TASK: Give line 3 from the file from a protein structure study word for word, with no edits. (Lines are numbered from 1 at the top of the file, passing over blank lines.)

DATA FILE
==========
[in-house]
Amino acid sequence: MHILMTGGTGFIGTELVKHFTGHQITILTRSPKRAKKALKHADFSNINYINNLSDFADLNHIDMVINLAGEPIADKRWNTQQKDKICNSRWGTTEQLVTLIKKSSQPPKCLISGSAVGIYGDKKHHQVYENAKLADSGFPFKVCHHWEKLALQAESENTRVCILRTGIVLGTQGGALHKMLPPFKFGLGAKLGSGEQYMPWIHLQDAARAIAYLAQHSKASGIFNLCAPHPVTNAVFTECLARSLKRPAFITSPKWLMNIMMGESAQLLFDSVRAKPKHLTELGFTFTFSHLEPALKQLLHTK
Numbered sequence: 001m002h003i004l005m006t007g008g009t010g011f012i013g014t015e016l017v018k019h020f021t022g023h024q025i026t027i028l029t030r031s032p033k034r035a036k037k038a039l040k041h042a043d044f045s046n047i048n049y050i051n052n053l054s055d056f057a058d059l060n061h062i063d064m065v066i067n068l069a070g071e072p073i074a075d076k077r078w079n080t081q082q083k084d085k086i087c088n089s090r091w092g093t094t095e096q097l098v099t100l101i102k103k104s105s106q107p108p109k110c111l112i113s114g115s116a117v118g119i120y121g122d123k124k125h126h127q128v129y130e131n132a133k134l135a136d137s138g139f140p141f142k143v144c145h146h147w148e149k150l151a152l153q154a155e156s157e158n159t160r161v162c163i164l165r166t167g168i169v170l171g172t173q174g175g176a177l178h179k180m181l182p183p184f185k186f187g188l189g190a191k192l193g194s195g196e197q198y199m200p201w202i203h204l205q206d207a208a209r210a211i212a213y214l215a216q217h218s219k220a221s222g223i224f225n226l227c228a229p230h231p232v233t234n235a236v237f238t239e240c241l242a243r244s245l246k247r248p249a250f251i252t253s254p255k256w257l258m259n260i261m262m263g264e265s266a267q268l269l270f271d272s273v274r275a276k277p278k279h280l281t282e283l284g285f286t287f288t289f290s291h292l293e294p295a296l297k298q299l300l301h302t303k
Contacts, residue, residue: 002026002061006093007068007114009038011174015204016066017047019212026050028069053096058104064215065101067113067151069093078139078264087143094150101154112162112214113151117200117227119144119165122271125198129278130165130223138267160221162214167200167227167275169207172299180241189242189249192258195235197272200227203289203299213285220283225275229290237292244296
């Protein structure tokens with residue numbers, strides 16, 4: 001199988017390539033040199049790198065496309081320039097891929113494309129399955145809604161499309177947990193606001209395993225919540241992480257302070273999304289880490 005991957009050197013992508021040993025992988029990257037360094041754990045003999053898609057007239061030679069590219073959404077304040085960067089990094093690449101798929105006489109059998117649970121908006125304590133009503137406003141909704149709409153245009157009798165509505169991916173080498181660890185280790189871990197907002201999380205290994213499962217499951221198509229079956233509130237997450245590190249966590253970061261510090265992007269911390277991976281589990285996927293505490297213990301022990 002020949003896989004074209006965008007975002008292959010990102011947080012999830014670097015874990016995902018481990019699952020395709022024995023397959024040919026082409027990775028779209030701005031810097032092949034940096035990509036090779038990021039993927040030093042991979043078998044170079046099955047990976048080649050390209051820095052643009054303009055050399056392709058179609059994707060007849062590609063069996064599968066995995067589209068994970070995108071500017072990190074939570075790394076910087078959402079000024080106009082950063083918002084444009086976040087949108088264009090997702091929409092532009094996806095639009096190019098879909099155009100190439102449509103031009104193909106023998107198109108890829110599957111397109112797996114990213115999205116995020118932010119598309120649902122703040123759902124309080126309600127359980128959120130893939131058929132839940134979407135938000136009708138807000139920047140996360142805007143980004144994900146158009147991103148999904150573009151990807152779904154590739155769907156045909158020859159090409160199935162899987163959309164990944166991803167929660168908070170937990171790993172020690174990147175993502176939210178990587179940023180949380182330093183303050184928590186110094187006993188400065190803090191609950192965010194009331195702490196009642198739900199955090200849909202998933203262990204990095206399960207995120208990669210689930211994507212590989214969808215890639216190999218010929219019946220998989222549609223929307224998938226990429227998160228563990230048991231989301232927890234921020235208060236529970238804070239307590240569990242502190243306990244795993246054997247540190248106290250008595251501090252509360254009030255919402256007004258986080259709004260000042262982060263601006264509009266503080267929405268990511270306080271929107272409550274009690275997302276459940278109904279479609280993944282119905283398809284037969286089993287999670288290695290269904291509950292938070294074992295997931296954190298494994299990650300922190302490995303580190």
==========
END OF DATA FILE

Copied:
Numbered sequence: 001m002h003i004l005m006t007g008g009t010g011f012i013g014t015e016l017v018k019h020f021t022g023h024q025i026t027i028l029t030r031s032p033k034r035a036k037k038a039l040k041h042a043d044f045s046n047i048n049y050i051n052n053l054s055d056f057a058d059l060n061h062i063d064m065v066i067n068l069a070g071e072p073i074a075d076k077r078w079n080t081q082q083k084d085k086i087c088n089s090r091w092g093t094t095e096q097l098v099t100l101i102k103k104s105s106q107p108p109k110c111l112i113s114g115s116a117v118g119i120y121g122d123k124k125h126h127q128v129y130e131n132a133k134l135a136d137s138g139f140p141f142k143v144c145h146h147w148e149k150l151a152l153q154a155e156s157e158n159t160r161v162c163i164l165r166t167g168i169v170l171g172t173q174g175g176a177l178h179k180m181l182p183p184f185k186f187g188l189g190a191k192l193g194s195g196e197q198y199m200p201w202i203h204l205q206d207a208a209r210a211i212a213y214l215a216q217h218s219k220a221s222g223i224f225n226l227c228a229p230h231p232v233t234n235a236v237f238t239e240c241l242a243r244s245l246k247r248p249a250f251i252t253s254p255k256w257l258m259n260i261m262m263g264e265s266a267q268l269l270f271d272s273v274r275a276k277p278k279h280l281t282e283l284g285f286t287f288t289f290s291h292l293e294p295a296l297k298q299l300l301h302t303k